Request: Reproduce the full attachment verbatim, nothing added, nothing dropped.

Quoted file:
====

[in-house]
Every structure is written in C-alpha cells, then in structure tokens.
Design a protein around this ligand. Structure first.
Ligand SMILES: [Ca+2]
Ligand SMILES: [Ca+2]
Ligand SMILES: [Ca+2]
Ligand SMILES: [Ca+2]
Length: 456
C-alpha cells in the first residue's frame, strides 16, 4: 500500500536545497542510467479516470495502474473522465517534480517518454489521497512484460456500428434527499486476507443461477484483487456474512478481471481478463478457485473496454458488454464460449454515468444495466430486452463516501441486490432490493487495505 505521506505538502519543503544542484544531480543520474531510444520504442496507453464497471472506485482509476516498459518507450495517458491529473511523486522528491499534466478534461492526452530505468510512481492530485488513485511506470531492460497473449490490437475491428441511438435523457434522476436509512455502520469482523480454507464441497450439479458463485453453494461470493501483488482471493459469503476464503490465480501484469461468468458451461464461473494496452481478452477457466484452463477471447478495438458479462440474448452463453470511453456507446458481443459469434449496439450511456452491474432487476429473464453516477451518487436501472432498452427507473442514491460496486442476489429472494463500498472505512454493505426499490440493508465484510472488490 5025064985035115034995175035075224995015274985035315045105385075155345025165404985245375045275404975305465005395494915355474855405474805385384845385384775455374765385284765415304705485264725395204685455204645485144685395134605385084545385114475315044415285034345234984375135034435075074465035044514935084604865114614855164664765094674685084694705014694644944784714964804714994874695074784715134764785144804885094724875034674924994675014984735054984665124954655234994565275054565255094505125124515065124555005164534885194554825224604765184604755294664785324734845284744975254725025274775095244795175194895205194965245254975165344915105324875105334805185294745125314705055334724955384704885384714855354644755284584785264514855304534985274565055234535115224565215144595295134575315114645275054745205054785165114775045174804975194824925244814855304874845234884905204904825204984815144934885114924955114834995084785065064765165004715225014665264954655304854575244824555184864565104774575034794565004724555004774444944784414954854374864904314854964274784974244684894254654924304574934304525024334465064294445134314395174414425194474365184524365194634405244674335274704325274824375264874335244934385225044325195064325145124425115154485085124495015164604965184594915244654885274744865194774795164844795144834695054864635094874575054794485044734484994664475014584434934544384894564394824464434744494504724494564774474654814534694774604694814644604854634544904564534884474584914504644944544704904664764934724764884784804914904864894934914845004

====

[in-house]
Every structure is written in C-alpha cells, then in structure tokens.
Design a protein around this ligand. Structure first.
Ligand SMILES: [Ca+2]
Ligand SMILES: [Ca+2]
Ligand SMILES: [Ca+2]
Ligand SMILES: [Ca+2]
Length: 456
C-alpha cells in the first residue's frame, strides 16, 4: 500500500536545497542510467479516470495502474473522465517534480517518454489521497512484460456500428434527499486476507443461477484483487456474512478481471481478463478457485473496454458488454464460449454515468444495466430486452463516501441486490432490493487495505 505521506505538502519543503544542484544531480543520474531510444520504442496507453464497471472506485482509476516498459518507450495517458491529473511523486522528491499534466478534461492526452530505468510512481492530485488513485511506470531492460497473449490490437475491428441511438435523457434522476436509512455502520469482523480454507464441497450439479458463485453453494461470493501483488482471493459469503476464503490465480501484469461468468458451461464461473494496452481478452477457466484452463477471447478495438458479462440474448452463453470511453456507446458481443459469434449496439450511456452491474432487476429473464453516477451518487436501472432498452427507473442514491460496486442476489429472494463500498472505512454493505426499490440493508465484510472488490 5025064985035115034995175035075224995015274985035315045105385075155345025165404985245375045275404975305465005395494915355474855405474805385384845385384775455374765385284765415304705485264725395204685455204645485144685395134605385084545385114475315044415285034345234984375135034435075074465035044514935084604865114614855164664765094674685084694705014694644944784714964804714994874695074784715134764785144804885094724875034674924994675014984735054984665124954655234994565275054565255094505125124515065124555005164534885194554825224604765184604755294664785324734845284744975254725025274775095244795175194895205194965245254975165344915105324875105334805185294745125314705055334724955384704885384714855354644755284584785264514855304534985274565055234535115224565215144595295134575315114645275054745205054785165114775045174804975194824925244814855304874845234884905204904825204984815144934885114924955114834995084785065064765165004715225014665264954655304854575244824555184864565104774575034794565004724555004774444944784414954854374864904314854964274784974244684894254654924304574934304525024334465064294445134314395174414425194474365184524365194634405244674335274704325274824375264874335244934385225044325195064325145124425115154485085124495015164604965184594915244654885274744865194774795164844795144834695054864635094874575054794485044734484994664475014584434934544384894564394824464434744494504724494564774474654814534694774604694814644604854634544904564534884474584914504644944544704904664764934724764884784804914904864894934914845004